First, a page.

PH envoys’ suicide pact in Iraq bared
SIX Filipino diplomats in Baghdad agreed at the height of the ISIS rampage in Iraq in 2015 that in defending the embassy in the besieged capital they would rather die fighting, or even commit suicide, than be captured alive and publicly executed by the marauding jihadists.
The agreement to fight to the death was disclosed by Consul General Elmer G. Cato, one of the six diplomats, in a program on Dec. 10 marking the 125th anniversary today of the martyrdom of Jose Rizal with focus on his writings in La Solidaridad that first saw print in 1889 in Barcelona.
The Knights of Rizal New York Chapter and the Philippine Consulate General organized the program featuring the works of Pulitzer Prize winner photo-journalist Cheryl Diaz Meyer, and the recollections of Cato, a former journalist, of the conflicts in Libya and Baghdad.
The program honoring the two journalists was led by KOR-NY Mariano Aquino Jr., Dr. Romulo Aromin Jr., Rogelio Penaverde and Aprille Aquino, in cooperation with NY-based nonprofit Eagle Eye Charities Inc. whose president is Dr. Aromin.
Diaz Meyer, who immigrated to the US with her family in 1981, was one of the few female photographers to cover the early stages of the wars in Iraq and Afghanistan. She won the 2004 Pulitzer Prize for Breaking News Photography.
The 53-year-old Fil-Am journalist has also been acclaimed for her documentation of the adversities facing women around the world. In addition to her coverage of world events and issues, she lectures widely.
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CATO was serving at the Philippine embassy in Washington, DC, in 2015 when he volunteered for duty in Baghdad as chargé d’affaires en pied. Five days after he arrived in May, an ISIS car bomber blew himself up in front of the hotel where he was staying.
After three years in Iraq, he offered to serve in another conflict zone, Libya, where he headed the mission for two years. In both assignments, his focus was to locate and assist Filipino workers in distress.
Embassy personnel in Tripoli braved rocket and artillery barrages to look after Filipinos there when civil war broke out in 2019. This was complicated by the pandemic, but they managed to move more than 300 Filipinos to safety.
Of Baghdad, Cato said: “On the average, ISIS carried out five bomb attacks daily at that time. Five days after I arrived, one such attack targeted the Babylon Warwick Hotel where I was billeted. I was in the hotel when it happened. More than 20 Filipinos working there survived. Ten individuals did not.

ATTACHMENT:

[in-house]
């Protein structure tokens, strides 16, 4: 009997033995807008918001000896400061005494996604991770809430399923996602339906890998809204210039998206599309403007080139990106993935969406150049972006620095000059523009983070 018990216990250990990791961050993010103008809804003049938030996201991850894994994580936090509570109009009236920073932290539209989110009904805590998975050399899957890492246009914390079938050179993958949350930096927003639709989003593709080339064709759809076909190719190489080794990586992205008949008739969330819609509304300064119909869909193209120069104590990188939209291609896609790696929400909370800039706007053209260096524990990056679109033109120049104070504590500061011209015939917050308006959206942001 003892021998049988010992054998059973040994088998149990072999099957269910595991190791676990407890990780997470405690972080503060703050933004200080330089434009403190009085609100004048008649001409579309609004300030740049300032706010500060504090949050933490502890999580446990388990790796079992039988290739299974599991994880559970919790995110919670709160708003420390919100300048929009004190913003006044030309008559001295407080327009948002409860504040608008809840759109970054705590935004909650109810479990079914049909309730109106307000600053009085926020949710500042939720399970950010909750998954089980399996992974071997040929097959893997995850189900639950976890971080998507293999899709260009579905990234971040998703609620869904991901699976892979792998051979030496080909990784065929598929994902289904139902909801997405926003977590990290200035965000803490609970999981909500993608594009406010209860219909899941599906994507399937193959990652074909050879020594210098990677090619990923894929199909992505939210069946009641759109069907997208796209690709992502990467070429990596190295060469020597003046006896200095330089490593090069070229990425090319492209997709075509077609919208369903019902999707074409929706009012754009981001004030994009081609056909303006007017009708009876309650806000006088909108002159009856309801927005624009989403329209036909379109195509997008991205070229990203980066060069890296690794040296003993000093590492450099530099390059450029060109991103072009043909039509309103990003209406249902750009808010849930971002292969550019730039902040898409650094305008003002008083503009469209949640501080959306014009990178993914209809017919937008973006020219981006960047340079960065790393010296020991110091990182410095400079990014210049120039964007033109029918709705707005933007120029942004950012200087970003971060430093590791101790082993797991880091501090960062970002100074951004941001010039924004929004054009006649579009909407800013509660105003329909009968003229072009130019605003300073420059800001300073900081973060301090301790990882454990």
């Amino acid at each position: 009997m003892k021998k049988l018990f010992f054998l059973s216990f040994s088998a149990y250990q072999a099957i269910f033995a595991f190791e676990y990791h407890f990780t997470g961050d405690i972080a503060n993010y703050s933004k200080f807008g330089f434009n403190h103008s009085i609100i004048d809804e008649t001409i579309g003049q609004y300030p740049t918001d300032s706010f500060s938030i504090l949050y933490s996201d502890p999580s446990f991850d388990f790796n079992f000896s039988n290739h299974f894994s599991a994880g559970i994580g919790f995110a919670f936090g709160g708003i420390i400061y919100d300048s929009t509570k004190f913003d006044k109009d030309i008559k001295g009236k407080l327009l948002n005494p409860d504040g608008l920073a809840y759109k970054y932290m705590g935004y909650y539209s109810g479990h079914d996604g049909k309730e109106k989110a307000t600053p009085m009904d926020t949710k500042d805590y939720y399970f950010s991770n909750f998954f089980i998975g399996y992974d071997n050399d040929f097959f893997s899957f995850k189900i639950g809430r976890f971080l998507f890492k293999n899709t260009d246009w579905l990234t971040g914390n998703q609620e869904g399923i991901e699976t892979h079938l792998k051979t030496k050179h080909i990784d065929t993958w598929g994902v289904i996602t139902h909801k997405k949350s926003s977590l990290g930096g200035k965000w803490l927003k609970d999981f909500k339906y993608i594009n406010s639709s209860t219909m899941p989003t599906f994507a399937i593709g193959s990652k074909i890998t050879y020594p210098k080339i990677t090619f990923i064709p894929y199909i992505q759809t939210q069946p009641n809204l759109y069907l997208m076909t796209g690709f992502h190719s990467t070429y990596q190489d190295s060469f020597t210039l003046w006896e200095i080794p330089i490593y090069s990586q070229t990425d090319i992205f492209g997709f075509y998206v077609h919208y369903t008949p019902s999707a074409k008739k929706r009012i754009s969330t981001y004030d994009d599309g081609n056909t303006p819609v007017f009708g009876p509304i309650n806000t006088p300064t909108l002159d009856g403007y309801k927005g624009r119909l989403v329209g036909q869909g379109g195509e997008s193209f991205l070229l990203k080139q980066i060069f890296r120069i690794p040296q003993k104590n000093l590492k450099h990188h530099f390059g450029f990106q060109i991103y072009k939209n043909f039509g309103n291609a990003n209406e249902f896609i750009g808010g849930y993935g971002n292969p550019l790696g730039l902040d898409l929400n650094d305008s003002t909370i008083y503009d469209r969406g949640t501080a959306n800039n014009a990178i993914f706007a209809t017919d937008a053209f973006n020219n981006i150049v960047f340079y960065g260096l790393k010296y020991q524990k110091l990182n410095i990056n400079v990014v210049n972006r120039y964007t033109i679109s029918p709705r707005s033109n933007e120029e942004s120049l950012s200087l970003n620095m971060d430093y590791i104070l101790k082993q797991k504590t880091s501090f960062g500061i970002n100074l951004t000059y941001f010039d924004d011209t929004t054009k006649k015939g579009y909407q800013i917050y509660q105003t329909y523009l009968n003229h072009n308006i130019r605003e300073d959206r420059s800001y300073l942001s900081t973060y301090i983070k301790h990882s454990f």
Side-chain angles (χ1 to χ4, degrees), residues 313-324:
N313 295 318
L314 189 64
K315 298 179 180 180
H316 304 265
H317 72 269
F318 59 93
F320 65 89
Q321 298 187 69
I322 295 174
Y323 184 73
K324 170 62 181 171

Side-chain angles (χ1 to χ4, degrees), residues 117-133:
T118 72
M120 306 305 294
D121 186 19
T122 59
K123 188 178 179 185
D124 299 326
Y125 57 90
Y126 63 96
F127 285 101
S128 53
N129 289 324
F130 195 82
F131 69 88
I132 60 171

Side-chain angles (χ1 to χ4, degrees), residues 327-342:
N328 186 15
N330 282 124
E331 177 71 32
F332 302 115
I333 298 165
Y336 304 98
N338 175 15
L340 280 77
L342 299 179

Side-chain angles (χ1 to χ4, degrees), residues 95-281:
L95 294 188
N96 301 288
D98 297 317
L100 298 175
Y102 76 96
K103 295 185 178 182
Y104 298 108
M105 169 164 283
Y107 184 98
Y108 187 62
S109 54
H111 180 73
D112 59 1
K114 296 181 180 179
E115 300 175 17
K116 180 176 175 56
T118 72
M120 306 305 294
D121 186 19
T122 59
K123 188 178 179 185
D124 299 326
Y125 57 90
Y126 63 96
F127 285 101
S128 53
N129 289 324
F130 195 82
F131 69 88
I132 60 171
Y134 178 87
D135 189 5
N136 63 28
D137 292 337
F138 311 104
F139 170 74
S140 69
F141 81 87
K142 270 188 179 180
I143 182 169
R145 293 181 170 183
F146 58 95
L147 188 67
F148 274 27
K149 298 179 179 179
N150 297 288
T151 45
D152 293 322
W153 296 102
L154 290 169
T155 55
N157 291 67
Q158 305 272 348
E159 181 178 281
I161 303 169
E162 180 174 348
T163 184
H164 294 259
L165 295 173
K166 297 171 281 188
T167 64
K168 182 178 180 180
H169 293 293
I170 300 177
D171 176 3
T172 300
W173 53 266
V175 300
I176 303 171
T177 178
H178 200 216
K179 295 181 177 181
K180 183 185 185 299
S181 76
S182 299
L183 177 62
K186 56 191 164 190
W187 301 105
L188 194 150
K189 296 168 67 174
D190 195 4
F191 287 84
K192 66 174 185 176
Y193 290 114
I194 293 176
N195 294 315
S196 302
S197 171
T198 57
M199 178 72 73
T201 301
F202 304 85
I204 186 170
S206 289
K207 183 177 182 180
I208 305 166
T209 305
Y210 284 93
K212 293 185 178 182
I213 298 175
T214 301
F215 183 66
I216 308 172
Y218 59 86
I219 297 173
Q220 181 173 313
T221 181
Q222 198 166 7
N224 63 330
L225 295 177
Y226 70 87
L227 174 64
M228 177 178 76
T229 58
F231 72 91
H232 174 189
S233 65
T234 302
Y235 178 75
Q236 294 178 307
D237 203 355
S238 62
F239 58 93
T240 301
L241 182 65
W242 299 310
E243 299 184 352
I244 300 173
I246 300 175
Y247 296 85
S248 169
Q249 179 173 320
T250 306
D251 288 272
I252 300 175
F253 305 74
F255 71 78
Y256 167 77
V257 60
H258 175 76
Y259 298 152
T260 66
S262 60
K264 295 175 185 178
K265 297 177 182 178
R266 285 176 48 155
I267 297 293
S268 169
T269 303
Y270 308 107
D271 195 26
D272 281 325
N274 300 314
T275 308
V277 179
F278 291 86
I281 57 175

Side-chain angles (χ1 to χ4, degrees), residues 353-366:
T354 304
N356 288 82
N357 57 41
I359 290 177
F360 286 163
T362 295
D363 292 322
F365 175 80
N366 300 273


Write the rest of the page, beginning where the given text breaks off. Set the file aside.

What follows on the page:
At some point in the embassy’s planning against possible attacks on the chancery in Baghdad, Cato said that he and five fellow diplomats have agreed to not allow themselves to be captured, taken hostage and displayed by ISIS before decapitation.
“We all agreed to take our own lives, reserving the last round of the guns issued to us and shoot ourselves in the head,” he said. It seems that their agreement was never reported in the media, to higher authorities, nor to the home office, and not even to the diplomats’ families.
Cato explained to us later that Baghdad was a “non-family post”. “It was one of the most dangerous cities in the world at that time,” he said. “ISIS was then already in the city of Ramadi, about an hour and 30 minutes from Baghdad, and the capital was also creeping with ISIS sleeper cells.”
“The Philippines was among a handful of countries that kept their embassies open. The instruction from Manila was to keep the embassy open and to make sure we get to respond to requests for assistance from distressed Filipinos who were still there.
“We knew diplomats and embassies are high-value targets. We had to make sure we were prepared for the possibility that the chancery would be stormed. ISIS would certainly want to make a spectacle – a pro-western embassy in flames and its diplomats either dead or taken hostage for beheading in front of the camera later.”
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CATO recalled: “Before I took in Vice Consul Jom Sadie, a fellow Angeleño from Holy Angel University, I messaged him: ‘Iraq is not for everyone. We are all on death row. All of us here.’
“There were six of us diplomats from Manila, the others being Vice Consul Andrei Bauzon (who was replaced a few months later by Vice Consul Sadie), Lito Ruedas, Jerome Friaz, Richard Billedo, and Joji Adaya. We had three Iraqi drivers and a small detachment of Iraqi diplomatic police outside the chancery which was surrounded by anti-blast walls and sandbags.
“Unlike other embassies, we had no security officers from the Armed Forces or the Philippine National Police. We did have some firearms that were left by Filipino troops who had served under the American-led coalition in Iraq.
“It was over dinner when we posed the question to ourselves: ‘What will happen if ISIS storms the chancery?”
“I told them I will fight. They said they will, too. I told them whatever happens I will not be captured alive. I said I will reserve the last round of my firearm and shoot myself in the head than be taken. They said they will do the same.
“If I would not be able to do it in case I was wounded or ran out of ammunition, I told them to shoot me. I cannot be taken and seen later on television in an orange jumpsuit begging for my life. They said that is what they also wanted. None of us will be taken alive.
“We had a similar conversation when Vice Consul Sadie arrived a few months later.
“By then we had moved to a new chancery but the scenario remained the same, especially when ISIS affiliates in the Philippines attacked Marawi.”